1. Probably missing your point here, but why would the fact that he is spewing religion matter to you? More than the issue that he may or may not be a murderer? If someone finds a way to guide themselves through life in a way that doesn’t include stabbing people, isn’t that a good thing? And why does your vitriolic critism of religion always use christianity as the evil example of note? A few years back you mentioned you’d be glad if your daughter married a muslim, as though somehow they’re more tolerant. I’m missing something here.

      1. I would venture to say that almost as much evil has been done in the name of Islam. That’s broad-brush painting, and you’re better than that.

  2. One thing that never gets pointed out about Ray’s new found love for God is that he’s violated many of the 10 commandments that both Christianity and Judiasm hold true.

    Shall not Murder
    Shall not bear false witness
    Commit adultery

  3. Did you ever see Aaron Sorkin’s show Studio 60? It made a few points early on about the absurdity and dangers of Christianity and then very quickly made that a huge focus of the show, to the point that it became counterproductive and also quite offensive to Christians. A similar pattern has appeared on this blog.

  4. The man came from a single parent household & modest means to become a wildly successful millionaire athlete. His career was also granted a reprieve that has him headed to the Hall of Fame instead of rotting in prison. Is it really that hard to fathom that the man might consider himself blessed? Had he spent the past 37 years pondering his existence at a Starbucks instead of lifting weights, running and hitting guys, he might have a different view of the universe.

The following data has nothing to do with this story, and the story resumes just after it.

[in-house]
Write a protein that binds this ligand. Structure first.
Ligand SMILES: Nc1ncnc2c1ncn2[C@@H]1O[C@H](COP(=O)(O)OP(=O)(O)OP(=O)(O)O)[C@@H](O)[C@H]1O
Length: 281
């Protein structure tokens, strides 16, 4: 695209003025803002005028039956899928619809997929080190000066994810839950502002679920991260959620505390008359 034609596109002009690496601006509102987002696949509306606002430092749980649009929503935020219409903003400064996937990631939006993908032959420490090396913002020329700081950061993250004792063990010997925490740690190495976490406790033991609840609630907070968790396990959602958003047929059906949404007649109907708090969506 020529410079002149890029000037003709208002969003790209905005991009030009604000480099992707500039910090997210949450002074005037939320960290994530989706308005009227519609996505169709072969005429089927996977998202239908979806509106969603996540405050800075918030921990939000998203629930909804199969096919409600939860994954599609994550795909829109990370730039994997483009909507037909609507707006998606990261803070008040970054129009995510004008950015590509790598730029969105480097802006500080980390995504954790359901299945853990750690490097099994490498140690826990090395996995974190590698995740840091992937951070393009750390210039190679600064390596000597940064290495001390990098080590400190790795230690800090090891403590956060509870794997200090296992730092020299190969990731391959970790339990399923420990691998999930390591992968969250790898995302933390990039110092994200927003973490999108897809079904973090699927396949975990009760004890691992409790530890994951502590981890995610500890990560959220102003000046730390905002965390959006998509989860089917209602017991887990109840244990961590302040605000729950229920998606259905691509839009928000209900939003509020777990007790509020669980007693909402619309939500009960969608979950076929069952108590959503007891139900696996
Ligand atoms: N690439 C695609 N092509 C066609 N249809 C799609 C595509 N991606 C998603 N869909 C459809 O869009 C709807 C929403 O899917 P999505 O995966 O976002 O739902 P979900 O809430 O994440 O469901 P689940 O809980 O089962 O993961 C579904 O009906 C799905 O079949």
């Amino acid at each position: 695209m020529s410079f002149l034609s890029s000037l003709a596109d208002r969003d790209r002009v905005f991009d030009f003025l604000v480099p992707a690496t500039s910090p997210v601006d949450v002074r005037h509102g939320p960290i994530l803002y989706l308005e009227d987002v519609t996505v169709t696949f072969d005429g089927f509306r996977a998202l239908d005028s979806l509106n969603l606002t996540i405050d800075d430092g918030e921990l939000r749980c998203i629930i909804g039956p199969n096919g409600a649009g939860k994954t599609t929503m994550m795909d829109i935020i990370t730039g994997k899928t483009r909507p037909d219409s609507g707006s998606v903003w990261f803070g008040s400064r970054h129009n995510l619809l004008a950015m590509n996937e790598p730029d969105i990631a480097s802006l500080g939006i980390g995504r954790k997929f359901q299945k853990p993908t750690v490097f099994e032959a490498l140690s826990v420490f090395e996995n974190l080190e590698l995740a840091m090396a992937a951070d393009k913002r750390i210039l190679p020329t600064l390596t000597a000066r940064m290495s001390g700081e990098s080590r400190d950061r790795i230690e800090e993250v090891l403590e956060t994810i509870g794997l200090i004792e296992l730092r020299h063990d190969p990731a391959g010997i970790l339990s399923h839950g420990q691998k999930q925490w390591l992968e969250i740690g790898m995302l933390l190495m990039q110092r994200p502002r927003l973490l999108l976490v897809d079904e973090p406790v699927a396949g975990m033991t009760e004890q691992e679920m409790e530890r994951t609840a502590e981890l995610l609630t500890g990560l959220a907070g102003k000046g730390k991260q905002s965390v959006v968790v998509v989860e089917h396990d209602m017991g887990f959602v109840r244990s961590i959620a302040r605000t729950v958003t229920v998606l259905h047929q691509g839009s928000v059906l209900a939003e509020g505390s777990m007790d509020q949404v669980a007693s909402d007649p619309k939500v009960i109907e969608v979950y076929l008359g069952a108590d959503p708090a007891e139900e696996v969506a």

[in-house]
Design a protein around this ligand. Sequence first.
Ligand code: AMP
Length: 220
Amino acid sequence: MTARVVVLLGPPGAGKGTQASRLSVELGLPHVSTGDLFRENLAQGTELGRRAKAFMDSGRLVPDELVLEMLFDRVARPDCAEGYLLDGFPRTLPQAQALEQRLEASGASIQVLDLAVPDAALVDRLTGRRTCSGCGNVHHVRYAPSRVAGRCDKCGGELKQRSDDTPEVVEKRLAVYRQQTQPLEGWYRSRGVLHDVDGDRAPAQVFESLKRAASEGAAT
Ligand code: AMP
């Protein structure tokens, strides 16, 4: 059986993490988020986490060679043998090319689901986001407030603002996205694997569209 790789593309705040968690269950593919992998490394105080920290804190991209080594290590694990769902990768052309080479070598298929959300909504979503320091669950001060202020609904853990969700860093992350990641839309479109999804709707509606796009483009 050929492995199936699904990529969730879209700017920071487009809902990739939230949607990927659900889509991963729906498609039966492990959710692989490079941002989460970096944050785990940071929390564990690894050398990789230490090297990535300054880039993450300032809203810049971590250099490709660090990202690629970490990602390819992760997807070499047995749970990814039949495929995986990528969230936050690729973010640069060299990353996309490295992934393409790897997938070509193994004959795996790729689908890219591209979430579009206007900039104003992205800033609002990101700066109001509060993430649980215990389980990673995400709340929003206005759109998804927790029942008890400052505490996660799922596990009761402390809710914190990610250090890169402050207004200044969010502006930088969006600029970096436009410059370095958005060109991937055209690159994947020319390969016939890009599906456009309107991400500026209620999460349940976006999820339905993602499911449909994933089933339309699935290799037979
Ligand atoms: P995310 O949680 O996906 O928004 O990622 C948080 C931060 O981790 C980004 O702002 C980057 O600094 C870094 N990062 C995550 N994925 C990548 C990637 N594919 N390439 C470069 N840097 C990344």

5. I am not a firm believer in religion, but I am going to step in and tell you that everything you say is annoying! Why on earth do you spend your time writing these blog posts about things that you pretend not to care about? If Ray Lewis wants to thank God, so be it! You say that you assume God does not exist yet you question why he does not stop terrible things from happening in the world, as if it is up to him. Do you expect people to abandon all faith because bad things happen? I think religion is a nice thing however when used to manipulate it can be extremely destructive and divisive. The way that Ray Lewis is evoking God and religion is the way that I believe it was meant to be used. Believing in a great power that somehow helps you along the path of life because for some divine and unknown reason, you were born to succeed.

  6. How can Ray Lewis claim redemption when he has never owned up to his wrong doing? He needs to either confess to the murder or turn in the real murderers to achieve salvation and then he will be redeemed. Writing checks to the victim’s family and wearing a t-shirt with a bible verse under your uniform is NOT enough. Then, maybe actually marring one of his 4 “baby-mamas” will get him on a righteous patch. But, ESPN will pay him seven figures to be yet another “commentator” who just LOVES to talk about himself.